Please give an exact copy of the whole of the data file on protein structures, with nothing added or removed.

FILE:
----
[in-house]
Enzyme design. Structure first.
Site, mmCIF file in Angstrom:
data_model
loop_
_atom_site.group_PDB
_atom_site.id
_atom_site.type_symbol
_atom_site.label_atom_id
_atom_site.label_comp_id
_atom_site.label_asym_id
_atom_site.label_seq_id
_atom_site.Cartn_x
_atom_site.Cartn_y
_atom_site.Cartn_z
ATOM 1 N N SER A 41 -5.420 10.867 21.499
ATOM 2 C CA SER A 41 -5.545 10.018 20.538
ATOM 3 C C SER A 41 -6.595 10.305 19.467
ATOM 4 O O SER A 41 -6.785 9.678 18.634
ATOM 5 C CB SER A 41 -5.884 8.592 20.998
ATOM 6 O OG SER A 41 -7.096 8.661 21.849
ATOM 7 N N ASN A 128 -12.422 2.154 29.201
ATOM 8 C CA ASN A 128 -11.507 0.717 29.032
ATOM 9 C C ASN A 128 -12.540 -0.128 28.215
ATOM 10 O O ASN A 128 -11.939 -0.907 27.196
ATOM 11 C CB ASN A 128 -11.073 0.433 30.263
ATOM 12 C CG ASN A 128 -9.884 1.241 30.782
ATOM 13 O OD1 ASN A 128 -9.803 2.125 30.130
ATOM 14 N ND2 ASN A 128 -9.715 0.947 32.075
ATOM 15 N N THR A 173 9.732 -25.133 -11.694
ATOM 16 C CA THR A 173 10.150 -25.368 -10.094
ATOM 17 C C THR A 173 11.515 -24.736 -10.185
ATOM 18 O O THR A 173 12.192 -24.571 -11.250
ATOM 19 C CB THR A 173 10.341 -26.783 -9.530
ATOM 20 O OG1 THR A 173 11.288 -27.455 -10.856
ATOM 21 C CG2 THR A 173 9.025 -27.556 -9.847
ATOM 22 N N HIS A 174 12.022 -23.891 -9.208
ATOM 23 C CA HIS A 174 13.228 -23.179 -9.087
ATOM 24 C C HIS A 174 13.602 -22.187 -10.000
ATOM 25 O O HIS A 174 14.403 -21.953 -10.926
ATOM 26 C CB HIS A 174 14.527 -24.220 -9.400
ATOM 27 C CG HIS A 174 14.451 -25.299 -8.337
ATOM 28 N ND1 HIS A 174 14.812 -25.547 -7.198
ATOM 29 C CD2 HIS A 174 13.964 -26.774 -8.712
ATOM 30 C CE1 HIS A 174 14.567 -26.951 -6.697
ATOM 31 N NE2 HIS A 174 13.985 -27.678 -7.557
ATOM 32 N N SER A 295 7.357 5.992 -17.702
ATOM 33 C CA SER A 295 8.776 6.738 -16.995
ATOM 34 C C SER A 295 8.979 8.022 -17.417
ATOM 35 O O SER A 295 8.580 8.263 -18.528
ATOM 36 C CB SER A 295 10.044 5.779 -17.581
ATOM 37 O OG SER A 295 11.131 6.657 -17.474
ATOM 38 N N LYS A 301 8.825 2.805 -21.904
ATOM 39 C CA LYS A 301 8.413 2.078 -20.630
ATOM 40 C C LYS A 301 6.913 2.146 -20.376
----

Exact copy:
[in-house]
Enzyme design. Structure first.
Site, mmCIF file in Angstrom:
data_model
loop_
_atom_site.group_PDB
_atom_site.id
_atom_site.type_symbol
_atom_site.label_atom_id
_atom_site.label_comp_id
_atom_site.label_asym_id
_atom_site.label_seq_id
_atom_site.Cartn_x
_atom_site.Cartn_y
_atom_site.Cartn_z
ATOM 1 N N SER A 41 -5.420 10.867 21.499
ATOM 2 C CA SER A 41 -5.545 10.018 20.538
ATOM 3 C C SER A 41 -6.595 10.305 19.467
ATOM 4 O O SER A 41 -6.785 9.678 18.634
ATOM 5 C CB SER A 41 -5.884 8.592 20.998
ATOM 6 O OG SER A 41 -7.096 8.661 21.849
ATOM 7 N N ASN A 128 -12.422 2.154 29.201
ATOM 8 C CA ASN A 128 -11.507 0.717 29.032
ATOM 9 C C ASN A 128 -12.540 -0.128 28.215
ATOM 10 O O ASN A 128 -11.939 -0.907 27.196
ATOM 11 C CB ASN A 128 -11.073 0.433 30.263
ATOM 12 C CG ASN A 128 -9.884 1.241 30.782
ATOM 13 O OD1 ASN A 128 -9.803 2.125 30.130
ATOM 14 N ND2 ASN A 128 -9.715 0.947 32.075
ATOM 15 N N THR A 173 9.732 -25.133 -11.694
ATOM 16 C CA THR A 173 10.150 -25.368 -10.094
ATOM 17 C C THR A 173 11.515 -24.736 -10.185
ATOM 18 O O THR A 173 12.192 -24.571 -11.250
ATOM 19 C CB THR A 173 10.341 -26.783 -9.530
ATOM 20 O OG1 THR A 173 11.288 -27.455 -10.856
ATOM 21 C CG2 THR A 173 9.025 -27.556 -9.847
ATOM 22 N N HIS A 174 12.022 -23.891 -9.208
ATOM 23 C CA HIS A 174 13.228 -23.179 -9.087
ATOM 24 C C HIS A 174 13.602 -22.187 -10.000
ATOM 25 O O HIS A 174 14.403 -21.953 -10.926
ATOM 26 C CB HIS A 174 14.527 -24.220 -9.400
ATOM 27 C CG HIS A 174 14.451 -25.299 -8.337
ATOM 28 N ND1 HIS A 174 14.812 -25.547 -7.198
ATOM 29 C CD2 HIS A 174 13.964 -26.774 -8.712
ATOM 30 C CE1 HIS A 174 14.567 -26.951 -6.697
ATOM 31 N NE2 HIS A 174 13.985 -27.678 -7.557
ATOM 32 N N SER A 295 7.357 5.992 -17.702
ATOM 33 C CA SER A 295 8.776 6.738 -16.995
ATOM 34 C C SER A 295 8.979 8.022 -17.417
ATOM 35 O O SER A 295 8.580 8.263 -18.528
ATOM 36 C CB SER A 295 10.044 5.779 -17.581
ATOM 37 O OG SER A 295 11.131 6.657 -17.474
ATOM 38 N N LYS A 301 8.825 2.805 -21.904
ATOM 39 C CA LYS A 301 8.413 2.078 -20.630
ATOM 40 C C LYS A 301 6.913 2.146 -20.376